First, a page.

Recent News

Wendy’s Cooks Up New Experiences With AI, Cloud And Edge … – Forbes

Consumer behavior changed during the pandemic. Many of these changes were permanent and the market continues to evolve. Companies with customer-facing physical storefronts must blend digital and physical design to create leading customer experiences. Almost every organization embraced digital transformation to meet changing marketing demands. Today, The Wendy’s Company (Wendy’s), provides an example of how market leaders are focusing on digital acceleration. In 1969, Dave Thomas opened his first Wendy’s restaurant in Columbus, Ohio. Today, the quick-service chain and its franchisees employ hundreds of thousands of people across approximately 7,000 restaurants worldwide.

Wendy’s was primarily a dining room and a drive-thru business until 2019. The COVID lockdowns forced Wendy’s, and many other companies, to embrace delivery services. The real question is what’s next for the industry?

In August of 2022, Wendy’s announced its new global restaurant design standard, Global Next Gen, to enhance the customer, crew, and digital experiences. Wendy’s new restaurant plans feature a sleek and modern design with an optimized layout and next-generation technology to deliver more convenience, speed, and accuracy. The Global Next Gen design offers new features such as mobile order parking, in-restaurant pick-up shelving, and a new dedicated delivery pick-up window. In response to the consumer digital demand, the new restaurants are designed to handle 400 times the digital capacity of Wendy’s current volume.

Abigail Pringle, Wendy’s International President, said the following about the design in a blog post ” Our analysis shows that Global Next Gen optimizes costs to build, which helps improve the rate of return for our franchise partners. It also touts an annual energy cost reduction of about six percent, which is a win for our franchisees and a win for the environment. The new design also provides demonstrated labor optimization improvements, which add up to valuable savings here as well.” Restaurants with the Global Next Gen design should open in early 2023.

Kevin Vasconi, the CIO of Wendy’s, shared his insights on the experience and technology advancements in an interview with Lopez Research. He said the company’s customer obsession led it to investigate new ways to address changing consumer behaviors. Wendy’s seeks to reimagine the restaurant experience for its customers, employees, and delivery partners by blending digital technology with modernized restaurant facilities. Changing how the delivery business operates within the context of physical restaurants provides one example of these changes. With the new Global Next Gen restaurant design, Wendy’s will add delivery driver parking spaces and a dedicated delivery pickup window. There’s also a mobile application that supports drivers checking in. The design enables customers and delivery drivers to grab meals more quickly and conveniently.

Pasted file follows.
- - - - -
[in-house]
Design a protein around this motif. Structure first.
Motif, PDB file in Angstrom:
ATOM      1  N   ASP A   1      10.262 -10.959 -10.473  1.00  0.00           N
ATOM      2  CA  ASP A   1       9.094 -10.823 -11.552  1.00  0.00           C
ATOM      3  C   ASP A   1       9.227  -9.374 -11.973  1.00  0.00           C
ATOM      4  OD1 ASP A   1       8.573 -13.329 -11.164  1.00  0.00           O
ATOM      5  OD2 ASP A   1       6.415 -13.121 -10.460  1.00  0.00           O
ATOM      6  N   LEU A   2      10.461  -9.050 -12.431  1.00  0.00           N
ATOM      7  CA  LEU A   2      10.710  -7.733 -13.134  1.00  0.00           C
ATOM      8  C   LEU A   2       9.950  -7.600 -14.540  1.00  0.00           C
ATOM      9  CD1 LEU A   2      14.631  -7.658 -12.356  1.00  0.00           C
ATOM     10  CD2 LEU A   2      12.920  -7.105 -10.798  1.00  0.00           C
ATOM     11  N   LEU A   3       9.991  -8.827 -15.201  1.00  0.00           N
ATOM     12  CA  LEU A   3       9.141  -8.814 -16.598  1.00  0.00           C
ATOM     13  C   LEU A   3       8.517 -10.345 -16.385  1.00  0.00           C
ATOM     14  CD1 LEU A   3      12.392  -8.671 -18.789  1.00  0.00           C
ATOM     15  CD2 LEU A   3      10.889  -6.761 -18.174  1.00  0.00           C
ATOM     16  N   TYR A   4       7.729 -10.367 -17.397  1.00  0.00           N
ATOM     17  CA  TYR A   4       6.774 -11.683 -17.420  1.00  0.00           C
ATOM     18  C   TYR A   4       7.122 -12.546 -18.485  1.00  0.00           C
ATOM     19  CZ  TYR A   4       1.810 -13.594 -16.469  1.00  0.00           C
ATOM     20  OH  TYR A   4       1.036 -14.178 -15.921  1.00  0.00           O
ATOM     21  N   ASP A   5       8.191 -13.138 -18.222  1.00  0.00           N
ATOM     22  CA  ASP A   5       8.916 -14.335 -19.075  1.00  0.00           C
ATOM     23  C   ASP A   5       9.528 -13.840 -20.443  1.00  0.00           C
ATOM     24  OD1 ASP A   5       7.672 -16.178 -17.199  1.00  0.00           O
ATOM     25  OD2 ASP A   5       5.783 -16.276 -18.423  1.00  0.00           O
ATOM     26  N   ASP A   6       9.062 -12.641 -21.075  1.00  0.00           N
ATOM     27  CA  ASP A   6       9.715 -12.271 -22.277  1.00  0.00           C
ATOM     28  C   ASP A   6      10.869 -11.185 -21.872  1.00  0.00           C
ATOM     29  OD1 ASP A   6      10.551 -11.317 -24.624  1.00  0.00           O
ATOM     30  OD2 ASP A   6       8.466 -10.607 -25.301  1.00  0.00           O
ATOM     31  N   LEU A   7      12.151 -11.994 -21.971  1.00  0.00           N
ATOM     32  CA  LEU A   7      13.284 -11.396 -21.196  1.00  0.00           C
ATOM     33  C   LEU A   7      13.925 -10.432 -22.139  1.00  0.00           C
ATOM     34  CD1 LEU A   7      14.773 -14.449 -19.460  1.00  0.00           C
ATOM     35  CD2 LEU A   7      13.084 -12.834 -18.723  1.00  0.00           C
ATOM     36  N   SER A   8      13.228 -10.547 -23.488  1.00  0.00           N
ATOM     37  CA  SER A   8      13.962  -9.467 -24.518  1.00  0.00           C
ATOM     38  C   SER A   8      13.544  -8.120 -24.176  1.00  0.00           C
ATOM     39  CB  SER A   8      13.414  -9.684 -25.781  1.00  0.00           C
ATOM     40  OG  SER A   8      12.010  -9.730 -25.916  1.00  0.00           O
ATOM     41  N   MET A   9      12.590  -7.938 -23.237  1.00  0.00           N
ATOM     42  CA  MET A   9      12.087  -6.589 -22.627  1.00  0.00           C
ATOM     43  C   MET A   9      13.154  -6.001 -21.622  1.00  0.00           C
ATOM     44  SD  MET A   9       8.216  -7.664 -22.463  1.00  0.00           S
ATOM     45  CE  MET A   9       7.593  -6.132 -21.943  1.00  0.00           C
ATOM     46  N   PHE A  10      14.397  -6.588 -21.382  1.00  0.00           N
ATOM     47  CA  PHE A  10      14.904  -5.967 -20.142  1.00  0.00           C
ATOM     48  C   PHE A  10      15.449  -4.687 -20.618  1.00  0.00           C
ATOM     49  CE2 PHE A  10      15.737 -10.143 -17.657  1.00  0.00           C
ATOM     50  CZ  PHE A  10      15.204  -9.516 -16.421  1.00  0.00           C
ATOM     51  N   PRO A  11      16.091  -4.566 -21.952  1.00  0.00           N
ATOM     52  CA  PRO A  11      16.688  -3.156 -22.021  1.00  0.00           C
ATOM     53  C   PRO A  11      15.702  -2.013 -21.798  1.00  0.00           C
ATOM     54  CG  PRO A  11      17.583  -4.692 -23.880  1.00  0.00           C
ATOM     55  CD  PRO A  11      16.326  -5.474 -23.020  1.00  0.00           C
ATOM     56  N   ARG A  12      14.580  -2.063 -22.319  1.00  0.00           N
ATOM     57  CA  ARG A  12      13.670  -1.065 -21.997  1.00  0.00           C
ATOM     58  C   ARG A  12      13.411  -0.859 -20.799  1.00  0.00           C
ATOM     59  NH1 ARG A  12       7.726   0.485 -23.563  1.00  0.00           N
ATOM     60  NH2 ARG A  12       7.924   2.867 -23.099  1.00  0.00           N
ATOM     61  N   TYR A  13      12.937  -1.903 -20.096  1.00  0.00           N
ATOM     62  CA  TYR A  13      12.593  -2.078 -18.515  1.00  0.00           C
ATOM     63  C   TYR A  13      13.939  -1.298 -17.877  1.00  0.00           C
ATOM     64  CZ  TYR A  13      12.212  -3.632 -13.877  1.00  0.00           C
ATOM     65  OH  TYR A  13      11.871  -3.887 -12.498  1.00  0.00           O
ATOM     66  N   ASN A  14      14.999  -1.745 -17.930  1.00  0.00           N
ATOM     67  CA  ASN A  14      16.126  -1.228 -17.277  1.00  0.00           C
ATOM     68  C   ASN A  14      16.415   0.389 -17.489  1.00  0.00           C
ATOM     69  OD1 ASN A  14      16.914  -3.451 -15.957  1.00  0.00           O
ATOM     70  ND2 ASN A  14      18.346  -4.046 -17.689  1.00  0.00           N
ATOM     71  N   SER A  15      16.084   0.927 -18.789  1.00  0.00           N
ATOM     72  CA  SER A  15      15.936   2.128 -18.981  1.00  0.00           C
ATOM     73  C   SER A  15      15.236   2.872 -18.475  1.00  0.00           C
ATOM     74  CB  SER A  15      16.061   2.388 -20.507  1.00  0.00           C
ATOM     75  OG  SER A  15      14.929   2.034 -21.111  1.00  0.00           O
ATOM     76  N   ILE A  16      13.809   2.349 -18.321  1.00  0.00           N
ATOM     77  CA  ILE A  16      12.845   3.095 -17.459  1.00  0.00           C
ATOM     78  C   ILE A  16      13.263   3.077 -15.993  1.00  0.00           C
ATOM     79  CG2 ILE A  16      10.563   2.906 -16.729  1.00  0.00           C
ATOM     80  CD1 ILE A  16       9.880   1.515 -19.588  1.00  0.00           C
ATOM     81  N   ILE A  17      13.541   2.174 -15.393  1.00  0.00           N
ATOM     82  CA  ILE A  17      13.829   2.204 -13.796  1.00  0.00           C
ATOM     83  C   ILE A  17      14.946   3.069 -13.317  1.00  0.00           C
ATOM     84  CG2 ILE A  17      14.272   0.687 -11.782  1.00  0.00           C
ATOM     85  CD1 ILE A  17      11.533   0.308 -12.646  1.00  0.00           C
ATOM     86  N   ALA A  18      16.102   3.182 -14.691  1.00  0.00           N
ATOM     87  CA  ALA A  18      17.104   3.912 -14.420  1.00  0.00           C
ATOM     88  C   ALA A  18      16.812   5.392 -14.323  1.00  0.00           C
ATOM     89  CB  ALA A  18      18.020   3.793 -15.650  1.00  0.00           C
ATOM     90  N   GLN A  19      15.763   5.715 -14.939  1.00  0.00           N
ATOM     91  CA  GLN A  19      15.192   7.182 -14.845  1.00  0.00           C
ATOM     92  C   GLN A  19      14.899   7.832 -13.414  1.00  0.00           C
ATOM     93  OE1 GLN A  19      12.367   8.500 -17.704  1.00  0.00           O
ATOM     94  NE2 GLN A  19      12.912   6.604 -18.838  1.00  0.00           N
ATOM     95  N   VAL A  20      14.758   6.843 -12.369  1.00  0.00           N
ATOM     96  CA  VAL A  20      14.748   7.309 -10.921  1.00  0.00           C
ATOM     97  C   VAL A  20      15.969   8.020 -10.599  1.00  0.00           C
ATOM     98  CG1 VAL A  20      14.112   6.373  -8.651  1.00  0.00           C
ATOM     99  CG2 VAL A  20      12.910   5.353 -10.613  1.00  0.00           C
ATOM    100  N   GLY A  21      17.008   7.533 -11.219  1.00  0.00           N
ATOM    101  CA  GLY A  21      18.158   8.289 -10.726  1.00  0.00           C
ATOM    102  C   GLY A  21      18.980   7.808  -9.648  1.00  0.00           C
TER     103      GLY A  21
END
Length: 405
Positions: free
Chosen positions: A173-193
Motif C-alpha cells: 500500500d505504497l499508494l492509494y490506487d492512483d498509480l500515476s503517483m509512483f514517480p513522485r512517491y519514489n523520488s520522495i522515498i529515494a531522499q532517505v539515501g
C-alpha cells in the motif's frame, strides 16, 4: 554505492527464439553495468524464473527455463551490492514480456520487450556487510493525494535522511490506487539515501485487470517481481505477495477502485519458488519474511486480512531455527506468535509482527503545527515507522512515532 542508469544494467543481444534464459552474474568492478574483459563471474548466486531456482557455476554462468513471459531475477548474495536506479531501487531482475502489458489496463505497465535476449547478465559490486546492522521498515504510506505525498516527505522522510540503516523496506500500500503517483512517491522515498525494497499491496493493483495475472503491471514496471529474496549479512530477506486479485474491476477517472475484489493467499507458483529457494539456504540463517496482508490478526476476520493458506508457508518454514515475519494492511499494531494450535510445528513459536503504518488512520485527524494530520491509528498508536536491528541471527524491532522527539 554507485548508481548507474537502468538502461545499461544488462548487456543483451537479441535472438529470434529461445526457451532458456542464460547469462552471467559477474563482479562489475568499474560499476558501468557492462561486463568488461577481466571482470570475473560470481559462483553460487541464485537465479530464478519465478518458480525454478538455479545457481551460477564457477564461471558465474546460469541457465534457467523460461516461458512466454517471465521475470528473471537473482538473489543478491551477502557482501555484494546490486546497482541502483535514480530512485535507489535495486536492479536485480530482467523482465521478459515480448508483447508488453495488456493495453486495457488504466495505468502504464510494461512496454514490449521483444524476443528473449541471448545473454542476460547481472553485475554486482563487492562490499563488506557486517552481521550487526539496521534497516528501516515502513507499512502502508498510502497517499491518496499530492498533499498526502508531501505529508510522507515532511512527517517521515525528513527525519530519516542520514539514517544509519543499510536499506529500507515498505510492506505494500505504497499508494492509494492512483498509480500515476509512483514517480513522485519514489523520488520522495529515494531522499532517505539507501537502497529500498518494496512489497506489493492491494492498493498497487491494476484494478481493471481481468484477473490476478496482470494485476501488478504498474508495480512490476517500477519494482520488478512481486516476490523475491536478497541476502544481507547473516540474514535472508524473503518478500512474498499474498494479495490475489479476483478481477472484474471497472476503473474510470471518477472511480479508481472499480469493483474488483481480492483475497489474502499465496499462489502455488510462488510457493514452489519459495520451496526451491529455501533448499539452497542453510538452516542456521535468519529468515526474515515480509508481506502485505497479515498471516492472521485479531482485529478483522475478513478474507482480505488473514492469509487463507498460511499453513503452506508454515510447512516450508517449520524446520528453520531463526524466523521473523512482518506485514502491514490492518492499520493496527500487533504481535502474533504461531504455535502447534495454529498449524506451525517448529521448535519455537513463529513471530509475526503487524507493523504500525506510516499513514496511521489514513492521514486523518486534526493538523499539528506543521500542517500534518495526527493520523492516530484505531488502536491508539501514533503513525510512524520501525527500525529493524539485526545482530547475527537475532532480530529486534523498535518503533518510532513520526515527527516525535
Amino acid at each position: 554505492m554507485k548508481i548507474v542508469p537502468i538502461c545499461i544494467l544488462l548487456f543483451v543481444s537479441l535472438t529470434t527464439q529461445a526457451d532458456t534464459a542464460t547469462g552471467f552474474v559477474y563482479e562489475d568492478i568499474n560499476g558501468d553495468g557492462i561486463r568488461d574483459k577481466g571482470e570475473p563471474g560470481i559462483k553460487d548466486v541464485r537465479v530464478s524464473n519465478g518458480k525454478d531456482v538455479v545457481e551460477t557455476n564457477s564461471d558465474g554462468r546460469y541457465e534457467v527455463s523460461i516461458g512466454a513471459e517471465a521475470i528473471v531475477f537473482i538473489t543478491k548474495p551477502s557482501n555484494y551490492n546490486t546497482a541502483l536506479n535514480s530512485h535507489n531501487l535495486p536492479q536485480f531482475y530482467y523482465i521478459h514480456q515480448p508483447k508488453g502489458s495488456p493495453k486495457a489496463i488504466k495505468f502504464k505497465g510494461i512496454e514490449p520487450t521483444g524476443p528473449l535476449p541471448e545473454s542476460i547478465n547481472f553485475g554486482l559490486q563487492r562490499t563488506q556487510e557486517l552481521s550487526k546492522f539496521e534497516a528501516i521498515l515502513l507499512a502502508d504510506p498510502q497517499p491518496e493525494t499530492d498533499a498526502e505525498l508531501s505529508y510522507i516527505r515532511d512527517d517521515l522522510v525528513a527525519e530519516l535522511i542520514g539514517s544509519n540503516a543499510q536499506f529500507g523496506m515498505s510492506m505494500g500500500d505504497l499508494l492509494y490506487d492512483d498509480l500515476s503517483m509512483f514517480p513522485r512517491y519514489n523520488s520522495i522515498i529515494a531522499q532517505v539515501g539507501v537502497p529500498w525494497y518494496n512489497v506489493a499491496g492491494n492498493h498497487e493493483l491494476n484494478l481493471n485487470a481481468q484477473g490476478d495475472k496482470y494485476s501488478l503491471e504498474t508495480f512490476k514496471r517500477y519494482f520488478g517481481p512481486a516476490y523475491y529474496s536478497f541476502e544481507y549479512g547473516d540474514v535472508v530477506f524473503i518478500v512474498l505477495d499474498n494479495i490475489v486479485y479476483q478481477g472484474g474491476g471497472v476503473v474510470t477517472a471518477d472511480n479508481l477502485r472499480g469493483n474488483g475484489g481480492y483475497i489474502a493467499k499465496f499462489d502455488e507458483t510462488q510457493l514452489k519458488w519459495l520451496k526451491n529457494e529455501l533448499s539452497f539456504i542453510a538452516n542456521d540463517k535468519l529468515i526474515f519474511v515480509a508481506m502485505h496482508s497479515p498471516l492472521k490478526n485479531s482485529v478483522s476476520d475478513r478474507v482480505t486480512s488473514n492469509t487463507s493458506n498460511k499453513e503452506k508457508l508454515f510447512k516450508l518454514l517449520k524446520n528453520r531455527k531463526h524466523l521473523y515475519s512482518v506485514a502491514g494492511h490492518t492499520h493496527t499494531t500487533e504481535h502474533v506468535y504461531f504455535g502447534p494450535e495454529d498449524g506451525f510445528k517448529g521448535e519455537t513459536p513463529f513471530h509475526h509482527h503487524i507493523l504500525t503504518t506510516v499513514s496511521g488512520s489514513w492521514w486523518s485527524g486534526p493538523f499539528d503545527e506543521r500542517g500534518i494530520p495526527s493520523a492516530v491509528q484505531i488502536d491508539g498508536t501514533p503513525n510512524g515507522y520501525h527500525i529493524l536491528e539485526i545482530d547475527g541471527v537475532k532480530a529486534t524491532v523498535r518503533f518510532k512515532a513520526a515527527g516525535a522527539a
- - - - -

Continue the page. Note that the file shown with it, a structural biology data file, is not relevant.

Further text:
MORE FROMFORBES ADVISOR

Vasconi said, “For us, the goal is to build the greatest customer experience in each one of those touch points. We’ve also learned that customer behavior changes depending on the day. For example, a customer may be primarily a delivery customer but will dine in or use the drive-thru on certain days. How do we make the experience better for the customer, meeting them where they want to be met? We need to make sure each of those experiences (in-restaurant, drive-thru and delivery) is seamless while providing a consistency that delivers the Wendy’s brand experience.

Data, data, everywhere

Data is a plentiful but underutilized asset for most companies. However, data is at the center of Wendy’s vision for unlocking new customer, restaurant, or employee experiences. “The more we know about the customer, with their permission, the better Wendy’s can make their experience. We can reduce friction and deliver assistance. There are many dimensions to creating a customer experience in real-time. For example, the consumer may want their food as fast as possible or to review the menu and try something new. We must define if it is a speed, social, or shopping occasion,” said Vasconi.

Data is everywhere. The challenge is to collect and analyze it in an organized fashion. Vasconi shared that at a high level, Wendy’s looks at its data in two ways. The first requires defining how it will use data to enhance the customer experience and that includes removing friction. While the second looks at how Wendy’s uses data to improve operations for the restaurant team and franchise owners. For each use case, Wendy’s delivers different outcomes, such as more powerful business analytics, useful insights or 1:1 marketing and personalization. However, Vasconi says the underlying infrastructure to support these use cases is essentially the same.

The role of the cloud in customer experience